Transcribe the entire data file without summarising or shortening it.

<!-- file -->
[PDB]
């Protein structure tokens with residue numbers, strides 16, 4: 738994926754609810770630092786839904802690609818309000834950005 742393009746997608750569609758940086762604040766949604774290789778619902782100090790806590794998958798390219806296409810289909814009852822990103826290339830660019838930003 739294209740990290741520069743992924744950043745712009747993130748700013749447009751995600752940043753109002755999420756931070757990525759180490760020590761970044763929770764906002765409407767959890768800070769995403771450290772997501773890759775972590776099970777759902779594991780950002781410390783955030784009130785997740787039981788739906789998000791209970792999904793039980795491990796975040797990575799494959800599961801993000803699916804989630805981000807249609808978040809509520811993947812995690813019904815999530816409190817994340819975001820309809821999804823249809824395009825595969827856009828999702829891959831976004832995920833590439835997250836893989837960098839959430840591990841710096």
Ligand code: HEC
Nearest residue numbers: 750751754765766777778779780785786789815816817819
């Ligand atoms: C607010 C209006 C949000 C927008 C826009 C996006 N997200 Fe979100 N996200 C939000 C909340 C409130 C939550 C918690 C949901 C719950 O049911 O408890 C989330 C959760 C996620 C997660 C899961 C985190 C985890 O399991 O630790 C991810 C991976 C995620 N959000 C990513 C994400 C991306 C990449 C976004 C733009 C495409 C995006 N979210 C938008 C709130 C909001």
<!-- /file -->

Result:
[PDB]
């Protein structure tokens with residue numbers, strides 16, 4: 738994926754609810770630092786839904802690609818309000834950005 742393009746997608750569609758940086762604040766949604774290789778619902782100090790806590794998958798390219806296409810289909814009852822990103826290339830660019838930003 739294209740990290741520069743992924744950043745712009747993130748700013749447009751995600752940043753109002755999420756931070757990525759180490760020590761970044763929770764906002765409407767959890768800070769995403771450290772997501773890759775972590776099970777759902779594991780950002781410390783955030784009130785997740787039981788739906789998000791209970792999904793039980795491990796975040797990575799494959800599961801993000803699916804989630805981000807249609808978040809509520811993947812995690813019904815999530816409190817994340819975001820309809821999804823249809824395009825595969827856009828999702829891959831976004832995920833590439835997250836893989837960098839959430840591990841710096």
Ligand code: HEC
Nearest residue numbers: 750751754765766777778779780785786789815816817819
């Ligand atoms: C607010 C209006 C949000 C927008 C826009 C996006 N997200 Fe979100 N996200 C939000 C909340 C409130 C939550 C918690 C949901 C719950 O049911 O408890 C989330 C959760 C996620 C997660 C899961 C985190 C985890 O399991 O630790 C991810 C991976 C995620 N959000 C990513 C994400 C991306 C990449 C976004 C733009 C495409 C995006 N979210 C938008 C709130 C909001």